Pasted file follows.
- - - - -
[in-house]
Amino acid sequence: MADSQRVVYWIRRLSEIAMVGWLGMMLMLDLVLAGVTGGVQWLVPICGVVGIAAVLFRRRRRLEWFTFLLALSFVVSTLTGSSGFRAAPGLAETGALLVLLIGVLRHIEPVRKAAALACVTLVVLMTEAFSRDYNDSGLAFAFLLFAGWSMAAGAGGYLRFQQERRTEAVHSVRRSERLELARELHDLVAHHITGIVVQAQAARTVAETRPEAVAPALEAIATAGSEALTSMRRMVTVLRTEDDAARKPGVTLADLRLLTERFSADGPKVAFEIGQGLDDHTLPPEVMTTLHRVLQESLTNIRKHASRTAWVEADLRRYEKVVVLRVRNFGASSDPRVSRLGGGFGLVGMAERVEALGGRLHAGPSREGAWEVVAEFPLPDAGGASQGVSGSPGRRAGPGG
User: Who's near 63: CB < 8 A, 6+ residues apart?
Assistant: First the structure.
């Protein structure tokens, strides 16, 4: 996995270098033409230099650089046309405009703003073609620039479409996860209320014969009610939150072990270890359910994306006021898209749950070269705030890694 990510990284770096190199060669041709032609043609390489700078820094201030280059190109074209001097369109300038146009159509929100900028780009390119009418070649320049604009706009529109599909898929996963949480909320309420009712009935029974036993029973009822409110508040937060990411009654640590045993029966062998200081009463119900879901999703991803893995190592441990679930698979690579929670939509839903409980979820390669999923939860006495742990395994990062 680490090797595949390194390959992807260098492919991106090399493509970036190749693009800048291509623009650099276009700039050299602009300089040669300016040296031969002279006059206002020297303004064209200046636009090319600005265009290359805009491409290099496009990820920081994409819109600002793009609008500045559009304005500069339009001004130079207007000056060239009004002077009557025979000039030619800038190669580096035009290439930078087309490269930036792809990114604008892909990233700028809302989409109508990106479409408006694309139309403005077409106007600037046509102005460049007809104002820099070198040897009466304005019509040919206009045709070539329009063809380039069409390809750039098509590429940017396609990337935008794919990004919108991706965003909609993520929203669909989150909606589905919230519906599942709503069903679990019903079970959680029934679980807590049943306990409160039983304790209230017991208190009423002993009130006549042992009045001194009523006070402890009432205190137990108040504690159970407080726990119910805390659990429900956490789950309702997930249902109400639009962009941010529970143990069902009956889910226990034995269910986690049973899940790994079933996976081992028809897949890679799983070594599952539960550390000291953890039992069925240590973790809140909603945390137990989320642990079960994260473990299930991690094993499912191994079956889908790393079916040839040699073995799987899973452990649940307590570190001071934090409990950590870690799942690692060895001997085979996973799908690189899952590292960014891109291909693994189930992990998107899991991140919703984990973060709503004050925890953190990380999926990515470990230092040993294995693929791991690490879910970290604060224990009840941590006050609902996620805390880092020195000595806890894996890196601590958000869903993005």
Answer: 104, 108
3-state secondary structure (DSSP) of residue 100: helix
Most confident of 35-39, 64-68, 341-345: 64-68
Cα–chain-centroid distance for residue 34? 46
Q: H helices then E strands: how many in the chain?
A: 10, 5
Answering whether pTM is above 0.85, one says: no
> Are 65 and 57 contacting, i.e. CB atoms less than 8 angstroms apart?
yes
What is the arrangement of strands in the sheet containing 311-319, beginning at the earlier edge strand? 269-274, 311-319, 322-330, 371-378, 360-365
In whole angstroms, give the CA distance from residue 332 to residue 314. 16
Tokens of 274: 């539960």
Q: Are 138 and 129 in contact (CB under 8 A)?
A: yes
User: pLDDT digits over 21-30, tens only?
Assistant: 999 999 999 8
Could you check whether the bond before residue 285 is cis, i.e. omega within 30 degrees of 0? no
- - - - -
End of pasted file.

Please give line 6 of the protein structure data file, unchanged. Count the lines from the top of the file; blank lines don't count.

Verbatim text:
Answer: 104, 108